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The Yankee Express

The Pewter Pot pumps new life into an old gem of a building

Mark VandenAkker and Diane Henderson have high hopes for The Pewter Pot.

By Rod Lee

An architectural oddity of a building at 670 Linwood Ave. in Whitinsville sits directly in front of a mill that was reclaimed as an apartment complex, a liquor store, a restaurant and more a number of years ago.


Top, this chair with side arm for an antique telephone was reconditioned before being put on the floor; it hearkens back to the days of yore.

Presumably used as a guard house or check-in station in its heyday, the interesting two-story structure abutting the street recently became the home of The Pewter Pot, a gift shop owned by Mark VandenAkker and his family.
Unlike some of the ventures that have come and gone at the location in the past, The Pewter Pot may have staying power.
Talking about The Pewter Pot on the afternoon of June 23rd, Mr. VandenAkker said the store’s focus will be “primitive and country furniture, décor and novelty items.”
Mr. VandenAkker, his wife Diane Henderson and his daughters Tara Melo and Lauren Spada are counting on “hand-built Amish furniture” to be an integral ingredient of the business—and an attraction for prospective patrons.
“We will be doing a lot of custom orders,” he said. “And we are hoping to open a small coffee shop on the first floor, and maybe have outdoor seating.”
“Ambitious” is a word that surfaces in describing what Mr. VandenAkker has in mind as the objective of the shop. Having grown up in town, he was aware of the building’s existence and optimistic about its potential. “We kind of like the building,” he said. “I like the location, right on the street. It was built in 1866, and has an ornate feeling.”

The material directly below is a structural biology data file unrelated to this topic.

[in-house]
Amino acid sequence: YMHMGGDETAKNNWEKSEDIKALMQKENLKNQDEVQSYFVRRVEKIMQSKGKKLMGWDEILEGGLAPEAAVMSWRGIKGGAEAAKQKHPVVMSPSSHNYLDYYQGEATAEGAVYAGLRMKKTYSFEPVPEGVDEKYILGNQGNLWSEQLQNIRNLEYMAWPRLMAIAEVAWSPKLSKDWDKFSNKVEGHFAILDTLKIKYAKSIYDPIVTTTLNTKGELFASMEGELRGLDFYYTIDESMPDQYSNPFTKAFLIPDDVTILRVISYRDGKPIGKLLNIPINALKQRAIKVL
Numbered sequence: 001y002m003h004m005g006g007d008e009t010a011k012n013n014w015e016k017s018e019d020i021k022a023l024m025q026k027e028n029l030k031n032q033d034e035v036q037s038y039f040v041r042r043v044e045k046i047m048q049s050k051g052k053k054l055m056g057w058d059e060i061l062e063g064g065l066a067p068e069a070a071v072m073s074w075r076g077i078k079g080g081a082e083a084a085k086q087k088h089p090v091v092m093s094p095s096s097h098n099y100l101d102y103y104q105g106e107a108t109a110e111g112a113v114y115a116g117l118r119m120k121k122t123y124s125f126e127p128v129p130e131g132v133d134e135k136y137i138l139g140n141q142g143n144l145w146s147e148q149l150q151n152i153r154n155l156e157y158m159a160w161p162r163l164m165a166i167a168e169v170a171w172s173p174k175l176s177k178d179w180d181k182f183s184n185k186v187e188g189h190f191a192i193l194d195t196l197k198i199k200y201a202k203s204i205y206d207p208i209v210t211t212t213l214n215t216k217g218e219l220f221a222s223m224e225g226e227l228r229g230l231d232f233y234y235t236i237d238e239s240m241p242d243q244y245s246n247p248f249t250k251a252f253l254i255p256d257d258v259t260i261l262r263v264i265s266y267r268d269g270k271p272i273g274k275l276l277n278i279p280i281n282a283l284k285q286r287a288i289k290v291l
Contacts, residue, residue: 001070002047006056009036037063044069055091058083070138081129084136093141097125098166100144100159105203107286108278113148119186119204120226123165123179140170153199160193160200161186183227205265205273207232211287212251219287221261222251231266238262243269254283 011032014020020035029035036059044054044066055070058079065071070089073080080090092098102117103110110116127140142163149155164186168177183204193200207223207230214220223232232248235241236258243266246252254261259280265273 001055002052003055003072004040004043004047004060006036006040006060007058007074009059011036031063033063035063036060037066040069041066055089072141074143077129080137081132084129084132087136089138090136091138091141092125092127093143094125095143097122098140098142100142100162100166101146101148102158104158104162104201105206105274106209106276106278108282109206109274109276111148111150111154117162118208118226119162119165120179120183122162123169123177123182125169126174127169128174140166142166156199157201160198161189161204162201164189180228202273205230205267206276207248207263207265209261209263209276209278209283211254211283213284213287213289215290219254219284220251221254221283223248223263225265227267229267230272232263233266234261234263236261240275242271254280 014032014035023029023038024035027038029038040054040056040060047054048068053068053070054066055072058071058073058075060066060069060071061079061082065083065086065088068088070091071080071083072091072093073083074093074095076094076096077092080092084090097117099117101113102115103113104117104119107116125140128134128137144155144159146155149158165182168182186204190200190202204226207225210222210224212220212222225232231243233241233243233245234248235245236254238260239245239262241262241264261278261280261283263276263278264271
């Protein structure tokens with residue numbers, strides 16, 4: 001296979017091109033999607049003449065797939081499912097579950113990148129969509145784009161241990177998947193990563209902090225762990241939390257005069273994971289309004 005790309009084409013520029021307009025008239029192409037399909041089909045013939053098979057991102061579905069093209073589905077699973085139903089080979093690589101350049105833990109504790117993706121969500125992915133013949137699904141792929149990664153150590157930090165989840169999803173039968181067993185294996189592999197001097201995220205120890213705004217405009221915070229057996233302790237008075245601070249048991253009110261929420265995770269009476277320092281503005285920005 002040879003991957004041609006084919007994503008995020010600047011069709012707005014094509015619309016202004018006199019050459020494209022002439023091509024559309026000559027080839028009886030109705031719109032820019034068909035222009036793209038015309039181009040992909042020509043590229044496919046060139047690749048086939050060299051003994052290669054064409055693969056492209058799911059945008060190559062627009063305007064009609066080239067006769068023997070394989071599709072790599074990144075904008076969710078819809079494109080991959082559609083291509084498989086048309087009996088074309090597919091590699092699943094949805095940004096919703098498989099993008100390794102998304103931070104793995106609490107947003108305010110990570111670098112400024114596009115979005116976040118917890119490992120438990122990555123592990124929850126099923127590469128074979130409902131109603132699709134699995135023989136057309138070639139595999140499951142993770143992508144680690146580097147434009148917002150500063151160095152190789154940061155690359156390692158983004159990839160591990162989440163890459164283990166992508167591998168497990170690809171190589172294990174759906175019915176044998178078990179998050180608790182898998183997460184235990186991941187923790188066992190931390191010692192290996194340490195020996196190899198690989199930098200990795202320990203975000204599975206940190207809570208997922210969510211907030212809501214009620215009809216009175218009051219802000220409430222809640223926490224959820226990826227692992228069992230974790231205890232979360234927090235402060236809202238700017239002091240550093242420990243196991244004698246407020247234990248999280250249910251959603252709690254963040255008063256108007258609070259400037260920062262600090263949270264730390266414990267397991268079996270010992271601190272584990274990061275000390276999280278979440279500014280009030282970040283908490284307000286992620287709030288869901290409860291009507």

This goes hand-in-hand with the exquisite variety of tables and chairs, cabinets, cupboards, and curio pieces that are thoughtfully and tastefully arranged upstairs and down, many of which have been purchased from Amish dealers—“about five different vendors in Pennsylvania, and we are looking at others in Ohio.”
The VandenAkker family with an able assist from Joe Melo has made good use of limited space, so that every possible square foot has been captured for display—but without looking cramped or overburdened. This is a tricky proposition but one that Mr. VandenAkker enjoys tackling.
 “A lot of it is experience,” he said, in referring to the approach that has been taken. “We have some of the furnishings in our home in Sutton.
“We installed new flooring, new lighting and we 100 percent repainted the whole place,” he said.
“I also have a pest-control business. This is set up for my daughters to run.”
Mr. VandenAkker signed a lease in July. The Pewter Pot is already earning plaudits. One customer said “’this is the nicest country store I’ve been in,’ which is the kind of feel we wanted.”
A comment that has been heard too is “when is the coffee coming?”
Walls built “at an angle”—a feature that is not immediately apparent to the casual observer—present a challenge; but this has been dealt with by way of shelves built to fit the slant.
The Pewter Pot is going to be a seven-days-a-week operation with hours of 11:00 a.m. to 6:00 p.m., 11 to 7 on Thursdays and 11 to 5 on Sundays.

Contact Rod Lee at [email protected] or 774-232-2999.